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Religious Freedom Also Taking a Hit in Iran



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Amidst the emboldened opposition in Iran today, and the regime’s corresponding attempts to crack down brutally, religious minorities face special peril. In recent years, the regime has singled out Christians, Jews, and Bahai’s for special humiliation, and now it does so again.

On January 12, the trial of the seven Bahai’s about which I have blogged before will reconvene. The charges include “espionage for Israel, insulting religious sanctities, and propaganda against the Islamic Republic.” The government later added the charge of “spreading corruption on earth,” punishable by death.

In recent days, anti-Bahai rhetoric and activities has increased. Over the past weekend, security forces arrested 13 young Baha’i in Tehran, ten of whom remain in prison. The daily Kayhan pretty much serves as the voice of the Supreme Leader, who appoints its editor. On Jan. 5, 2010, the newspaper’s headline read, “The So-Called God-Loving Mousavi’s Men Turned Out to be Baha’is and Terrorists.” So now, it appears, the government with the highest sanction will use religious hatred to justify its own repression of political opposition. The Baha’i International Community has issued a statement, here.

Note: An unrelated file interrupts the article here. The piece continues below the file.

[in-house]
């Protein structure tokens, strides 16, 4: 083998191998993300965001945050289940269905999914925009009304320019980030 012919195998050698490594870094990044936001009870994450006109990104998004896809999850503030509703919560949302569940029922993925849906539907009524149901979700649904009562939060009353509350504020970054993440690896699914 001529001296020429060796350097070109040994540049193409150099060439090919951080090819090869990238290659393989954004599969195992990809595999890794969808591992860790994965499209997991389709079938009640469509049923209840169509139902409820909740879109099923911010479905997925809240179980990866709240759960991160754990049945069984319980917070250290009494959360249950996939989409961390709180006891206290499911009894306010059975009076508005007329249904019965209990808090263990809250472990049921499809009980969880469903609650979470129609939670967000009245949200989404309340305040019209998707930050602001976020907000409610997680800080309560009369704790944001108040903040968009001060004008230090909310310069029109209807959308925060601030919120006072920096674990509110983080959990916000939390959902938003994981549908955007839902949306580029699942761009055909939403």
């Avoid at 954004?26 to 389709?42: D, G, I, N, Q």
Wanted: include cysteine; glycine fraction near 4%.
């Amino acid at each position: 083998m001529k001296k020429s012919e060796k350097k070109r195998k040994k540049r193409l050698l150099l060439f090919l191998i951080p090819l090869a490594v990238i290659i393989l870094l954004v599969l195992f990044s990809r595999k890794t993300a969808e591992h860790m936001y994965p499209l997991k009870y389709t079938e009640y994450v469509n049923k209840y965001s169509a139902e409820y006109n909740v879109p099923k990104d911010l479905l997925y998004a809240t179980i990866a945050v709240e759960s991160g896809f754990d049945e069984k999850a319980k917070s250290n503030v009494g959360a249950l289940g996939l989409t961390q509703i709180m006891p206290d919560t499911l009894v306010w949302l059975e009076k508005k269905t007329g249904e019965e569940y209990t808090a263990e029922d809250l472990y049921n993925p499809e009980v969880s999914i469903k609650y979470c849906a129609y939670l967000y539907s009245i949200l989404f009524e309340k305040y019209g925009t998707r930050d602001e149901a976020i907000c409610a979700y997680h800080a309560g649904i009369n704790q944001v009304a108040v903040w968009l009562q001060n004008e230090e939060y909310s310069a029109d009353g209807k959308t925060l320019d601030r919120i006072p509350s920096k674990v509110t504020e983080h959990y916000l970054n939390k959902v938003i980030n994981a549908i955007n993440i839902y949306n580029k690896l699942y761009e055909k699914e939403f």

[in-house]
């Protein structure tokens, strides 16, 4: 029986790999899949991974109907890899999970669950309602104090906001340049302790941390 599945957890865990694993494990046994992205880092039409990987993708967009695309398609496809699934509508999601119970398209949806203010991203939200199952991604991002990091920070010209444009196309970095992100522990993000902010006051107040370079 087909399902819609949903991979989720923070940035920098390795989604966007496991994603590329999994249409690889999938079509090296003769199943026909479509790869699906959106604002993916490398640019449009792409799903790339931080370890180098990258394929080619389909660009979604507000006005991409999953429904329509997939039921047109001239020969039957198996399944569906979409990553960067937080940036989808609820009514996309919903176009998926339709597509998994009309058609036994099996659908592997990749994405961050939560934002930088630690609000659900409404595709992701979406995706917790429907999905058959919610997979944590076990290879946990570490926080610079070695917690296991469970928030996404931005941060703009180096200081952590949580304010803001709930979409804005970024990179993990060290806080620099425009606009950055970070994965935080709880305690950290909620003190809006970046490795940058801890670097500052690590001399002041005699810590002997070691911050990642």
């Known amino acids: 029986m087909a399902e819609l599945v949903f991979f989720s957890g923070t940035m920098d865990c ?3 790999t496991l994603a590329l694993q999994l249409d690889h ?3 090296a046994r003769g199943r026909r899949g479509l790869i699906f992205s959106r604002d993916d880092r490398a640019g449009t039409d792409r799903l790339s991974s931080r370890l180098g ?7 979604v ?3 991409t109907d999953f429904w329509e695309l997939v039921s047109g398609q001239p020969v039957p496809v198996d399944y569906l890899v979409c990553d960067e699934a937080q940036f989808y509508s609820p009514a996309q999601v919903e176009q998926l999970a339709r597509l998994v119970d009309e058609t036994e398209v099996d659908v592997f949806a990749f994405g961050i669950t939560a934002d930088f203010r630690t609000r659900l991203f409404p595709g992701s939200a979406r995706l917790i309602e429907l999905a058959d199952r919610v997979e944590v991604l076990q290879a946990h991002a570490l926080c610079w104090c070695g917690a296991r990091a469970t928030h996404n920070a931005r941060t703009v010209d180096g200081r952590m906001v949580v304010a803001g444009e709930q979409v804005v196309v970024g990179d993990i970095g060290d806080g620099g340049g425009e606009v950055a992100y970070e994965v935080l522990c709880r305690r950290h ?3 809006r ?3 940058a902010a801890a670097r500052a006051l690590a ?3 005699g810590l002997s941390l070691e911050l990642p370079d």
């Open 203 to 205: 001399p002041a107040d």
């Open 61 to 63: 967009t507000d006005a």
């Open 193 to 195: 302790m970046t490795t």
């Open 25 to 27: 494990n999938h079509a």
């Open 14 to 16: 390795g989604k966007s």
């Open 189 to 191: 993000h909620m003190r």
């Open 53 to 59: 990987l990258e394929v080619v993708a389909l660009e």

The Obama administration has sent a couple letters to the Supreme Leader. They remain secret, and so we cannot see how obsequious President Obama was. Still, in recent days, the Obama administration seems to have begun to come around on issues of human rights in Iran, although there are surely still those inside the administration and State Department who believe that moral clarity hampers engagement. During the last administration, John Limbert, now deputy assistant secretary of state for Iran, served on a board of advisors for an organization that repeatedly threatened to sue Radio Free Europe, various Iranian television stations in Los Angeles, and Voice of America for airing criticism of Iran.

Still, Iranians — with the exception of some clerical factions and Shi’i populists — have always embraced diversity, at least relative to Iran’s neighbors. Iran is a nation that predates Islam, and predates nationalism based on ethnic identity. Let us hope that U.S. officials will not stand aside while the Iranian regime works to unravel this, and that the Obama administration will stand tall for religious freedom.



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